Category Archives: Florida


You’re Invited to the Tour de Turtles Sea Turtle Release on July 31!

You’re invited to join the Sea Turtle Conservancy on Sunday, July 31 in the heart of the Archie Carr National Wildlife Refuge as we attach satellite transmitters to two adult loggerhead turtles and release them back to the sea as part of our Tour de Turtles migration marathon!
We recommend arriving around 7:30 am. Turtles will be released at 8:30 am. After the turtles are released, you can track them online at www.tourdeturtles.org.
There will also be fun, family-friendly educational activities and free giveaways. Event t-shirts will be available for $20. More info in the flyer below!
Location: Barrier Island Center, 8385 S Hwy A1A, Melbourne Beach, FL 32951
Time: 8:30 am EST
Questions? Contact lexie@conserveturtles.org

A Turtle Walk to Remember

Written by Janet Nupp Hochella, long-time STC member and BIC volunteer. The 30 plus years of efforts on behalf of turtles earned Janet the prestigious Ed Drane Award for Volunteerism at the 2017 International Sea Turtle Society Symposium. Janet now resides in Melbourne, Florida where she can continue to pursue her passion – sea turtles!

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From the first year that Guided Sea Turtle Walks were conducted at the Barrier Island Center, I have navigated the dark sandy beach at Bonsteel Park in hopes of finding a nesting loggerhead sea turtle for the guests, young and old, who have assembled from all parts of the state or the country. As a sea turtle walk scout, I never tire from the excitement of meeting new people. But more gratifying is finding a nesting loggerhead sea turtle to show the guests, most who have never seen a sea turtle in the wild, and to share in the guests’ enthusiasm and appreciation of this special reptile.

Guided Sea Turtle Walks offer a unique educational and outreach opportunity for participants. But sometimes, there is an added bonus. The loggerhead sea turtle that the Friday night scouting crew found on their first walk night of the 2021 season on June 4th was a very special sea turtle!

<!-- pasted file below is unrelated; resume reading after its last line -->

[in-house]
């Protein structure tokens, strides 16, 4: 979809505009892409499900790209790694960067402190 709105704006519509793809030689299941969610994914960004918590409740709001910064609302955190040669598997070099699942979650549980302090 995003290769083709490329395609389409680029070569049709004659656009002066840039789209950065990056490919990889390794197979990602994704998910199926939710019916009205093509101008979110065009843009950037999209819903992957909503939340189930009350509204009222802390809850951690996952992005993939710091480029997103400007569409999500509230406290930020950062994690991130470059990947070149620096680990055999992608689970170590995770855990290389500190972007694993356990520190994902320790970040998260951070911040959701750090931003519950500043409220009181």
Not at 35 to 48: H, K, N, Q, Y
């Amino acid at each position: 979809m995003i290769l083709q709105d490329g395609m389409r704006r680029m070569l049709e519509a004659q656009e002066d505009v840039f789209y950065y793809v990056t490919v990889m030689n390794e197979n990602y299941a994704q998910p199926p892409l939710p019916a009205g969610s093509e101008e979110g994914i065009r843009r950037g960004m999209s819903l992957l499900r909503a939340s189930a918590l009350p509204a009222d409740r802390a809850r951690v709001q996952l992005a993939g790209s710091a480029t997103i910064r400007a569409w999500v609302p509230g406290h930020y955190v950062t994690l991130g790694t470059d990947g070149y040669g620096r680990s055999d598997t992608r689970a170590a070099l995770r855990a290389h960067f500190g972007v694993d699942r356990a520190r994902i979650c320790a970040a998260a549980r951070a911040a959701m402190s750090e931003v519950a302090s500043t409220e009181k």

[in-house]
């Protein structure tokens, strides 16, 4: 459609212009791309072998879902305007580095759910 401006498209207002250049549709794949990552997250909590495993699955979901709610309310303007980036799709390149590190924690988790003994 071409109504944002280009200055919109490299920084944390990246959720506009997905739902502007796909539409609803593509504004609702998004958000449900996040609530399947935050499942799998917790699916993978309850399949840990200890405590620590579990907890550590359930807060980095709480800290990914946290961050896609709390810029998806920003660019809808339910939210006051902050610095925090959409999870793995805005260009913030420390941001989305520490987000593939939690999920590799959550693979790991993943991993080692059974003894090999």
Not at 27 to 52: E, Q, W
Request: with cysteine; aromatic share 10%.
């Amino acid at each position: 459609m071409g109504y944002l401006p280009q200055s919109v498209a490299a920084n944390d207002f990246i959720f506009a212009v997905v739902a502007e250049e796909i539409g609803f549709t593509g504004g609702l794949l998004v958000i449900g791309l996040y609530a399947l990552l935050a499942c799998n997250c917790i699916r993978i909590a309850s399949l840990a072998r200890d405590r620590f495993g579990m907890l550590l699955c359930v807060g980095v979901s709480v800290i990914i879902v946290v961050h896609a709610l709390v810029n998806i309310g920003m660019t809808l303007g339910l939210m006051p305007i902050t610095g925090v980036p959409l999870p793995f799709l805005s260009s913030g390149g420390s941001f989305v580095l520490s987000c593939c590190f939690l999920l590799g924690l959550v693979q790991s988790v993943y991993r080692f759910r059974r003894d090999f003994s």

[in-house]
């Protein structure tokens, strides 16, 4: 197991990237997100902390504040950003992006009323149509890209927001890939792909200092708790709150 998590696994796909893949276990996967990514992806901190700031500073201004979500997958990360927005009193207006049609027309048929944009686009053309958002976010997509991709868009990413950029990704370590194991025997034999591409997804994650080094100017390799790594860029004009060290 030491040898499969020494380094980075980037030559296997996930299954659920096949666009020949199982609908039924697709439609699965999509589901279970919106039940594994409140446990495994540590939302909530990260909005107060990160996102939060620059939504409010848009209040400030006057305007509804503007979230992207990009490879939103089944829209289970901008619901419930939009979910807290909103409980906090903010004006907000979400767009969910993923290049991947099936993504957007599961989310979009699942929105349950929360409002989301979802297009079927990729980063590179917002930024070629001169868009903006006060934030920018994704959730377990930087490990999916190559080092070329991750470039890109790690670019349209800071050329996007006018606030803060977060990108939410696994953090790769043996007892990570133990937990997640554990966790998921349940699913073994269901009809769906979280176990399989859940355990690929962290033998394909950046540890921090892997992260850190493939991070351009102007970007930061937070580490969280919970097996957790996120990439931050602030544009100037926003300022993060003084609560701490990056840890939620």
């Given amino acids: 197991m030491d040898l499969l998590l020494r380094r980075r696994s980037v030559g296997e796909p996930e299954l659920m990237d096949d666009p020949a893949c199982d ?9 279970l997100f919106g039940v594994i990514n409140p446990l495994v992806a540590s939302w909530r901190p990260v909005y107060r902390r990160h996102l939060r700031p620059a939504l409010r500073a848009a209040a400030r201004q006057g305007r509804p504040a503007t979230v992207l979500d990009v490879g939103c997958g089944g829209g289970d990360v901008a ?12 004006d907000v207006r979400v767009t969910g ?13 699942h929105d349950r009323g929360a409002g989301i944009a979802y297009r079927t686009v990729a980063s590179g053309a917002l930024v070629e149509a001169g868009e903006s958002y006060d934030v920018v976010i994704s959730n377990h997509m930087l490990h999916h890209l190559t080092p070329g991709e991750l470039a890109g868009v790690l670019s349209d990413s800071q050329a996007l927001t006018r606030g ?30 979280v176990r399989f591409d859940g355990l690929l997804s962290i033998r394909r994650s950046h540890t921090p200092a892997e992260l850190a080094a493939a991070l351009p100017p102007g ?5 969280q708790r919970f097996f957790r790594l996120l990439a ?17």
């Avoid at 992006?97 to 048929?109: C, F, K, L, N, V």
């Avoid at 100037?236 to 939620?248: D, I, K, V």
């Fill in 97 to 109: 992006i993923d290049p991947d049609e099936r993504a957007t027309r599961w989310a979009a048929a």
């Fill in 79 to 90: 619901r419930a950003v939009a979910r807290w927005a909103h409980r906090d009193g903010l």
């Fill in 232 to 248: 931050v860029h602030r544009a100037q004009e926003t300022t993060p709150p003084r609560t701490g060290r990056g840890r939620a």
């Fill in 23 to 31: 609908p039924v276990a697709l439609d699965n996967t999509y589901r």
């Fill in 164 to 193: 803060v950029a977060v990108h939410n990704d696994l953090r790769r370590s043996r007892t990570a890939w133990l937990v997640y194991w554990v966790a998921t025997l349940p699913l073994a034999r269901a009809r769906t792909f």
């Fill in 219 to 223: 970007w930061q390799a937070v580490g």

Turtle Scouts Adam Steinfeld, Jenna Coven, Janet Hochella, Scott Beazley, and Branden Garrett

Early into the scouting, while the guests were listening to the educational slide presentation, Turtle South came upon a nesting loggerhead. Scott Beazley and Brandon Garrett radioed to Turtle North, Jenna Coven and me, that they had a small loggerhead digging her egg chamber which would be a good candidate to show the guests. The turtle was not far south of the Bonsteel ramp where the guests access the beach. The Lead, Cindy Pless, was notified and the guests were gathered to get to the beach and to the turtle in time to see the turtle dropping eggs into her egg chamber. This was a small turtle and she was moving right along, but the guests got there in time to see the egg laying process.  Always interested in determining whether an observed turtle might have been encountered by the UCF Marine Turtle Research Group and under the FWC permit guidelines, I requested that we check, after the turtle finished camouflaging her nest, for tags – metal tags on one of the scutes of the inner edge of both the left and the right flippers, and most importantly, for a PIT (Passive Integrated Transponder) tag which could be located in any one of the four flippers. Most importantly because the sea turtle can “lose” the metal tags, but the internal tag is usually permanent and can be read with a PIT tag scanner.

Without the use of any light, Scott and I checked for the metal tags. There was none on the left front flipper…but, bingo, there was a flipper tag on the right front flipper! Because I also volunteer with the UCF MTRG and am permitted to check for tags, I grabbed my PIT tag scanner and immediately got a reading from the right front flipper. Finding a PIT tag is always exciting as it reveals there is a history with the turtle. This PIT tag was not in a series that I recognized so finding out the source of the PIT tag would be very intriguing and important. With only the use of the red headlamp to read the flipper tag and the PIT tag, I asked one of the scouts to copy the number to a clipboard that the Lead carries so that I could investigate the source of the tag numbers.

Upon checking with the University of Central Florida Marine Turtle Research Group who monitor and conduct sea turtle research on the Archie Carr National Wildlife Refuge, I was informed that this turtle most definitely had a history. Not only was the turtle seen on the Archie Carr National Refuge by the UCF researchers almost 18 years prior, she was originally encountered by a NOAA group in Florida Bay 21 years ago. I would need to contact Barbara Schroeder, National Sea Turtle Coordinator of NOAA-NMFS, for the particulars.